Page 7, 9th May 1997

9th May 1997
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Page 7, 9th May 1997 — Ascending to inner space
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Ascending to inner space

INNER LIFE BY DAVID TORKINGTON

IT WAS 30 YEARS AGO that John Robinson, Bishop of Woolwich, published his famous book Honest To God that shocked may church-going Christians. The newspaper headlines were full of it: "Our image of God must go. God is not a daddy in the sky."

All he was trying to say was that if we think, or rather picture, God as a sort of celestial Santa Claus sitting on the clouds then that image must go if we are to mature spiritually. The truth is, as the bishop tried to explain, that God is not so much up there in the clouds, but at the centre of our inmost selves as the very "ground of our being".

Both ideas or rather images of God can be found in the Scriptures. However, because Jesus was a brilliant communicator he knew that to teach people profound truths you must start from what we already know, and from the picture language to which they have been accustomed.

The people to whom he preached had been brought up to believe in a sort of treble-decker universe into which they had been born. The earth was flat like a penny and the sky or the firmament was like a sugar bowl turned upside down and supported by the "eternal hills" at its outer bound

aries. Below the earth, that was supported by huge pillars, Seoi where Rahab or

Leviathan lived, a monstrous incarnation of the Evil One. Above the firmament was a gigantic throne where God sat between the cherubim with his feet planted on the world which was his footstool.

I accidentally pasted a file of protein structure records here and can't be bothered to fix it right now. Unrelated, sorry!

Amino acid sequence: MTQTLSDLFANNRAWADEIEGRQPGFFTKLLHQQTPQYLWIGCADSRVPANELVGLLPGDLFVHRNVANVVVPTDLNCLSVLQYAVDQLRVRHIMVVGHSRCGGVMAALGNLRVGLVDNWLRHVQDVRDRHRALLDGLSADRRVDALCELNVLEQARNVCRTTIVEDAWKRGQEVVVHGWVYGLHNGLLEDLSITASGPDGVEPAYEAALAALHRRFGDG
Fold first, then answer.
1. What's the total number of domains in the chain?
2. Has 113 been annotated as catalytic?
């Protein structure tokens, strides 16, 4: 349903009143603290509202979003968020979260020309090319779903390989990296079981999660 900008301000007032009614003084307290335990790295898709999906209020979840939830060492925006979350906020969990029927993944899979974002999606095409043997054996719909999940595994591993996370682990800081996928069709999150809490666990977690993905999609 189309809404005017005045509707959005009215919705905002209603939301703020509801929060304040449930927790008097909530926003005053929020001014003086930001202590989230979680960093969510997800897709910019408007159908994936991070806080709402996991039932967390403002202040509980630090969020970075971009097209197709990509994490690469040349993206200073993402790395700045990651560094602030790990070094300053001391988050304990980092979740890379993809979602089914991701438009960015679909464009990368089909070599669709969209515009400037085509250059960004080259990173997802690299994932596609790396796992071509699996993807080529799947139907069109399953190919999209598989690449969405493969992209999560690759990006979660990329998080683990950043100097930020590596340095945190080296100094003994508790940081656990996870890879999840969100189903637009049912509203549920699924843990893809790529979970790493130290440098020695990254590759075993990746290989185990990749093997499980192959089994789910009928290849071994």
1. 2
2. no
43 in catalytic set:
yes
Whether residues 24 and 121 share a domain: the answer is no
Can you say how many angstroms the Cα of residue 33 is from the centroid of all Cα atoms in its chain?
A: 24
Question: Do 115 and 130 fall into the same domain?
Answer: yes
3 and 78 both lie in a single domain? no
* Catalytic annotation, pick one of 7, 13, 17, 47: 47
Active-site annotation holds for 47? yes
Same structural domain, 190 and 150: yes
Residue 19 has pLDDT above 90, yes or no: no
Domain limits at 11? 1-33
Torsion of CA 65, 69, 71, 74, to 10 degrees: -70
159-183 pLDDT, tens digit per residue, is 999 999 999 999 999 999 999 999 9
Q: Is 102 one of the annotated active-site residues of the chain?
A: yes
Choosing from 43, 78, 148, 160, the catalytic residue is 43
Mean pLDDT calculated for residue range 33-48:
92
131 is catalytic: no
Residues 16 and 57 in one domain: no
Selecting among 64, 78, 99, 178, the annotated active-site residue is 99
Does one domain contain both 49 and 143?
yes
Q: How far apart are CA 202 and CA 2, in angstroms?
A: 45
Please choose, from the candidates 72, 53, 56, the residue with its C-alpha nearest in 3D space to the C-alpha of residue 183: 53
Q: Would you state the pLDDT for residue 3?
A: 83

Now Jesus had come to show people how to come closer to God, not to give them lessons in 20th-century cosmology, which they wouldn't have understood anyway. That's why he rose up on the first Ascension Day to where everybody believed God lived. It was from there that they believed he sent the Holy Spirit at Pentecost so that those who received him could also be united with the Father.

This is how Jesus explained profound spiritual truths to people who could only understand them when they could picture them in their imaginations. However, at the same time he also taught those same truths in a more profound way that would only become apparent gradually under the influence of the Holy Spirit, who he promised would eventually make all things known to them.

It was under the guidance and inspiration of that same Holy Spirit that St John spent many years poring over all that Jesus had said and done before he wrote his Gospel. It is here more than in any other of the Gospels that you find the deeper meaning of all that Jesus said and did. Although he did actually rise off the ground in front of his disciples he wasn't on his way to take up residence in outer space, but in inner space, as he had already promised at the Last Supper. After all where was the Father to whom he was going? He was in the Kingdom of heaven. And where is the Kingdom of Heaven? It is within us as he made quite clear before the Ascension.

When Jesus goes back to his Father he takes up residence in inner space at the very "ground of our being", as the Bishop of Woolwich would put it, as he'd already promised in the upper room. Ancient picture language that still influences us portrays the sending of the Holy Spirit at Pentecost as someone coming from

above, when in fact he is coming from deep down within, where he dwells at the very foundation of our personality.

We all need picture language to help understand what we can't see, so a picture from St Teresa of Avila might help. It is the picture of a traditional Spanish fountain spraying water above itself and then overflowing to fill and replenish every successive level of its being, bathing it with the refreshing spring water that has risen form deep down within itself. This is how the Holy Spirit rises from the very "ground of our being" to purify and transform us from the inside.

The emotional outcry against John Robinson was not so much because people thought he was teaching unorthodox theology, but because he was taking away the traditional picture language with which many people had become accustomed to visualise it. If you find it still helps you, then use it. After all, Jesus did. But if you want another picture to help frame the same message in your imagination at a deeper level why not turn to St Teresa's famous fountain.

It has helped me over the years; perhaps it might help you too.t




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